Health care workers and other essential workers on the front lines tend to have nontraditional work hours and schedules, which have only been exacerbated by COVID-19. In such times of crisis, doctors and nurses often work longer hours for days on end. Home care workers generally work long days. Warehouse and delivery workers are working longer and harder than ever before. Any emergency child care programs must have twenty-four-hour options. Providers also need funding to pay for additional safety and sanitation supplies.

3. Provide paid family and medical leave and paid sick days for everybody.

With most child care centers and schools closed for safety, and many parents and other caregivers working remotely from home, people are working and providing child care at the same time. While older children may be able to engage in distance learning with little supervision during this time, for parents of young children or some children with disabilities, this is not actually feasible. The safest solution is paid family and medical leave so that parents can still get paid if they need to care for their children.

The PAID Leave Act, S.3513, introduced by Senators Patty Murray (D-WA) and Kirsten Gillibrand (D-NY) and Representative Rosa DeLauro (D-CT), would ensure that families have the paid time to care for themselves and their loved ones. The bill would require the federal government to cover the cost of seven days of accrued paid sick leave, fourteen paid emergency sick days, and twelve weeks of paid emergency leave. The bill is expansive in covering workers regardless of employer size, covering the wide range of uses of leave time, and ensuring all family members who need care can receive it.

4. Ensure unemployment insurance for caregivers.

The Pandemic Unemployment Assistance program in the third COVID response package includes emergency unemployment relief through the end of the year. While it is not a substitute for child care support or emergency paid leave, it will help families through this challenging time by providing an extra $600-per-week boost to regular state unemployment benefits for claims. Furthermore, it will provide benefits to those not eligible for regular state unemployment benefits and who are out of work because of the COVID-19 crisis, such as gig workers and the self-employed; ensure an additional thirteen weeks of benefits for those who were already collecting regular state unemployment benefits when phase 3 was adopted; and fully fund work-sharing benefits that allow companies to reduce work hours for their staff but keep them on full payroll, and maintain their health and retirement benefits.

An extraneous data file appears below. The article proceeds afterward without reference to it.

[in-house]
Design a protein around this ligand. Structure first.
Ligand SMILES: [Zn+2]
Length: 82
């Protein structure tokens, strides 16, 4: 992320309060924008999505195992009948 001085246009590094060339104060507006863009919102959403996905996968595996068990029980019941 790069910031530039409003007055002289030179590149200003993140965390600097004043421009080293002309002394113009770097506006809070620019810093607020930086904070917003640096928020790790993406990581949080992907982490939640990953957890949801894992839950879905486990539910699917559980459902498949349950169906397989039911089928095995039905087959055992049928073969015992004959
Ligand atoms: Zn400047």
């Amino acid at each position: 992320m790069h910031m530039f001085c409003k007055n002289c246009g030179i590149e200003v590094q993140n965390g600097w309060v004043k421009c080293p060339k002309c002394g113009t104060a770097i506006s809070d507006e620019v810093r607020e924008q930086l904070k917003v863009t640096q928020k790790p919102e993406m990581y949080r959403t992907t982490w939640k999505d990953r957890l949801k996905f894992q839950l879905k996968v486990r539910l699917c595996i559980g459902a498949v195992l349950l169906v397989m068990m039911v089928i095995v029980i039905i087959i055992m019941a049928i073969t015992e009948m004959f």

5. Provide additional support for all families, regardless of citizenship or other factors.

This virus is not discriminating based on where someone comes from, what’s in their bank account, or what their family looks like. Our policies must not discriminate either. Families need significant direct cash assistance, proportionate with their level of vulnerability. With the virus threatening everyone, every family—regardless of where they come from, who they work for, or whether they have lost their jobs—needs access to free COVID-19-related testing and health care. In addition, families who have lost their jobs will have trouble paying their bills, and so Congress should enact a nationwide rent and mortgage holiday or freeze, with no evictions. Additionally, many families have relied on school or child care programs to feed their children. Families need access to healthy meals throughout the coronavirus pandemic, as was included in the Families First Coronavirus Response Act. CLASP has laid out here both what is in that bill, and also additional measures needed, including increasing the maximum benefit for Supplemental Nutrition Assistance Program (SNAP) so that all families can afford healthy meals.

We Need Both Temporary Relief and Long-term Structural Change

This public health emergency is shining a light on the way our community and public infrastructure are inadequate to meet everyday needs—let alone the needs during a crisis. We already know this crisis will excacerbate long-standing racial, economic, and gender inequities. In the short-term, we need to meet the urgent needs. In the long-term, we must finally enact solutions to fix our public infrastructure, including our paid leave and child care system.